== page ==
Deredita said she was "really pleased with the energy and enthusiasm" of the citizen scriveners as well the "the quality of their work."
By Brian Hallenbeck, The Day, Sept 12, 2020
New London — For decades, the aged journal sat on her roll top desk, a gift from her grandmother, its provenance a mystery.
Occasionally, Edwina Owens Badger would look at it and wonder where it came from, its tiny, painstaking cursive barely discernible to her. Over the last 20 years, retired and living in Oak Bluffs, Mass., on Martha’s Vineyard, she came to believe it belonged in a museum.
A couple of weeks ago, Federal Express delivered it to the Custom House Maritime Museum on Bank Street.
It’s a ship’s journal, an account of the voyage or voyages of the Merrimac (or Merrimack), a 19th century whaling bark that between 1833 and 1857 sailed four times from Newburyport, Mass., and a half-dozen times from New London. Written by a crewman who so far remains anonymous, the journal chronicles the ship’s first New London voyage, which left on July 17, 1844, and returned in May 1847. It brought home 25 barrels of sperm oil, 2,975 barrels of whale oil and 5,000 pounds of whalebone, a haul worth $36,080.59, according to Robert Owen Decker's "Whaling Industry of New London."
The journal's last entry is dated Nov. 7, 1852, in Maui, a Hawaiian port of call on a subsequent New London voyage.
A roster of the 35-man crew shows more than half were from southeastern Connecticut, mostly New London, including the captain, or master, George Destin. Among the crew’s surnames are Avery, Brushel, Kimball and Watrous.
“I never expected it to be so thrilling,” said Susan Tamulevich, executive director of the New London Maritime Society, which operates the Custom House museum. “Each entry follows a pattern of date, weather, winds — but then you never know what comes next. The entries are brief, but so revealing about the writer’s character, from his parochial views of other cultures to his innate sense of righteousness.”
Laurie Deredita, the society’s librarian, got to examine the journal, now open and delicately cushioned atop a small table in the Custom House, which remains closed to the public amid the coronavirus pandemic. Tamulevich is photographing the journal, a precursor to having it transcribed, microfilmed and prepared for display.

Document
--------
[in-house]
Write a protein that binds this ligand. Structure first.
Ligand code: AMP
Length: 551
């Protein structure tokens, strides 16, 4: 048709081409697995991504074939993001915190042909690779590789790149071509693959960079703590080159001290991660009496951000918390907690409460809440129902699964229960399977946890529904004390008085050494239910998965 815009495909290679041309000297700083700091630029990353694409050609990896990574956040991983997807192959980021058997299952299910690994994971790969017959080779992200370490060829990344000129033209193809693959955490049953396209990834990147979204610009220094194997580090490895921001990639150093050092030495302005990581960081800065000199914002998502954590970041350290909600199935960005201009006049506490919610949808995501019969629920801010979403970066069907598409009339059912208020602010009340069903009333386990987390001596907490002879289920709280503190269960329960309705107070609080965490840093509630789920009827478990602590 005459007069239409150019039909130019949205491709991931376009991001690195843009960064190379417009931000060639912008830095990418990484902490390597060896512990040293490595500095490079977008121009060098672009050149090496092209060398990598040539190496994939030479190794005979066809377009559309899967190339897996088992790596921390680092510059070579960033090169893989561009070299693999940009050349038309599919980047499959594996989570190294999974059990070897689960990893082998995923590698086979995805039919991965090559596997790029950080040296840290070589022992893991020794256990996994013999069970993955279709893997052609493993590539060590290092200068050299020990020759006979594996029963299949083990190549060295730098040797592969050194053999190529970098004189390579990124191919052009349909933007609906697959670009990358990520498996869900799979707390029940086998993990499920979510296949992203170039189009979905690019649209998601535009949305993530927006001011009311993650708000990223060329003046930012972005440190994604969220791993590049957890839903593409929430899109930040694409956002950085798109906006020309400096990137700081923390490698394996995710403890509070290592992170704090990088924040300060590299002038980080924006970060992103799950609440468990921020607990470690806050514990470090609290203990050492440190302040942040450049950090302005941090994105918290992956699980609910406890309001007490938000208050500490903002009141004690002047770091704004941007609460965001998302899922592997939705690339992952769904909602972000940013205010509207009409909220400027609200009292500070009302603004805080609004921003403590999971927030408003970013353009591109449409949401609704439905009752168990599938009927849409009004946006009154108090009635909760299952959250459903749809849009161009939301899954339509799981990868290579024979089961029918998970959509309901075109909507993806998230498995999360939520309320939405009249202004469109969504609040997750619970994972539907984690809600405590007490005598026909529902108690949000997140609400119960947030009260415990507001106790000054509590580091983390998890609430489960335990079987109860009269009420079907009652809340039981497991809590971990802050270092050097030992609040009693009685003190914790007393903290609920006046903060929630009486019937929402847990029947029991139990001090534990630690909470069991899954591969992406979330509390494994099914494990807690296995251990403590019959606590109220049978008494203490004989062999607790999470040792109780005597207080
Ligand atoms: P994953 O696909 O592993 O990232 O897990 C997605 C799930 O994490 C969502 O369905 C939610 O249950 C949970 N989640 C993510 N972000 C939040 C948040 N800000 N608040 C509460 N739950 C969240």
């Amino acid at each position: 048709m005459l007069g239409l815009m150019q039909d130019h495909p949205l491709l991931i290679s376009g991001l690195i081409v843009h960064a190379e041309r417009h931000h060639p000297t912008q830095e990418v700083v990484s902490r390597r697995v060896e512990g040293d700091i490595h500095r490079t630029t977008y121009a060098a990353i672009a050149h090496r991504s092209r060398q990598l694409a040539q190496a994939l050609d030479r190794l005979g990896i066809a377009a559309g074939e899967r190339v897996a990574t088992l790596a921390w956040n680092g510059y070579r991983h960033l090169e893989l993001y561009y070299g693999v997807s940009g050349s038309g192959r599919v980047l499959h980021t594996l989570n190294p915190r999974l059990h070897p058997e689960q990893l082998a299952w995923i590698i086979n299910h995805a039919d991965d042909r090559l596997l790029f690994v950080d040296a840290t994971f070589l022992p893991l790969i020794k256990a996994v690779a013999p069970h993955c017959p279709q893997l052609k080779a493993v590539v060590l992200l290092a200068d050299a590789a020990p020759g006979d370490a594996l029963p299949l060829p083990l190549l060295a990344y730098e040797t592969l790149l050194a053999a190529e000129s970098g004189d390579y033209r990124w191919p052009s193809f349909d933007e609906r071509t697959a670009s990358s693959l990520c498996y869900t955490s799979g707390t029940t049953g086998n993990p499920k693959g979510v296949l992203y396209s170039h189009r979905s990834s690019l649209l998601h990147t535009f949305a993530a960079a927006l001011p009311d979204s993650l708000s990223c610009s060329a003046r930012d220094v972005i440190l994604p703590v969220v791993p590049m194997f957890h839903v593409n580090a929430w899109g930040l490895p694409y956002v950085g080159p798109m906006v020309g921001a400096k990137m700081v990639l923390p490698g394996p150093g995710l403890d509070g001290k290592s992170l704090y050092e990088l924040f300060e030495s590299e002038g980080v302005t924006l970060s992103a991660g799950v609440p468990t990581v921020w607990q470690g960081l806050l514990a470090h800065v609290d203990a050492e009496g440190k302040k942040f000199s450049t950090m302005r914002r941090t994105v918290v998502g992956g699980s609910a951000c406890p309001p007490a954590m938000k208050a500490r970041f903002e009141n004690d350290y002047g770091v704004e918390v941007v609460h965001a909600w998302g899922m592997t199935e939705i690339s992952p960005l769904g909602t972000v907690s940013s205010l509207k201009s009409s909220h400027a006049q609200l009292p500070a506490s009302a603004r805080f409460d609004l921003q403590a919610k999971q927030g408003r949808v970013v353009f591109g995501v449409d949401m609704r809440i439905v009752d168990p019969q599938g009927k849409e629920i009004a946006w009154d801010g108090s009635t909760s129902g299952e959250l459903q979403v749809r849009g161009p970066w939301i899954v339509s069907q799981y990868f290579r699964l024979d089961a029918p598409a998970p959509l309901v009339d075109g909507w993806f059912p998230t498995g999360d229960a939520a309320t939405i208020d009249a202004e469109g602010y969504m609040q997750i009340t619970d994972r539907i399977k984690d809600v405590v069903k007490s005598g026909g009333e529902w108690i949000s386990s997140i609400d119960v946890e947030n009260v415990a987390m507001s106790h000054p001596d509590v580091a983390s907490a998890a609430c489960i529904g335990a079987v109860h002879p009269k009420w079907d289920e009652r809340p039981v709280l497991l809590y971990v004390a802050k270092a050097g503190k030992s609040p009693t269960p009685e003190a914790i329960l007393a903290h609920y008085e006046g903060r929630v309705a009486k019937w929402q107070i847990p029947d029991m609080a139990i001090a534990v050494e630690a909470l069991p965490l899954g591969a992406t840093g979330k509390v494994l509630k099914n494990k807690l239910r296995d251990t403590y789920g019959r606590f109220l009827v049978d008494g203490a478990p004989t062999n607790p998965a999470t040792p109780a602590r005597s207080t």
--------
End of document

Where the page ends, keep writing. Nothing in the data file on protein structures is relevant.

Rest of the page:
“Such an amazing manuscript,” Deredita said. “The opportunity is just fabulous.”
Handbound in what seems to be canvas, stained and water-marked, the journal is in remarkably good condition, its 76 leaves, or pages, covered with writing on both sides, except for two that are blank. The author’s personal observations and tone mark it as a journal, as opposed to a log, Deredita said, though neither are strictly defined.
One entry stood out right away.
On Christmas Day 1844, after 5 months and 8 days at sea, the anonymous chronicler describes a hearty dinner of “roast beef, pies and gingerbread, new bread and old butter.” Then, he adds, “Those that wished it were treated to gin brandy and wine by Capt. Destin and our Chief Mate — And right glad am I that there were some that had the moral courage enough to refuse even wine.”
Elsewhere, the author recounts the severe punishment endured by a crewman found guilty of some offense: “Danielson abstained from food of any kind (of his own consent) from Sunday night to Thursday night during which time he has been kept shut up (on an average 16 hours out of 24) under the cabin stairs ...” The next day, “The Black Smith imployed makeing handcuffs ... and Capt. D. put them on to him in the afternoon and at this moment while I write — the harsh + gloomy ginglings of his Irons causes my blood to chill within my being.”
When a landing party went ashore on the Cape Verde islands, hoping to trade old bread, flour, rice, clothes, cloth shoes, knives, etc. for pigs, goats, sheep, cattle and fruit, the author found the natives' houses "comfortable I suppose for the climate. But there is nothing but the walls + cieling, furniture not being fashionable as I suppose not necessary. Clothing too is not very fashionable."
'This needs to be someplace'
It was Skip Finley, a retired broadcaster, writer and historian who has lived on Martha’s Vineyard since 1999, who contacted Tamulevich to gauge the maritime society’s interest in the ship’s journal. Badger had brought it to Finley's attention through a bit of serendipity.
Badger belonged to a book club that had begun reading Finley’s “Whaling Captains of Color: America’s First Meritocracy,” which came out in June, and realized he might be able to help her find a home for the journal. She asked Finley’s wife, a fellow book club member, if she could bring Finley the journal.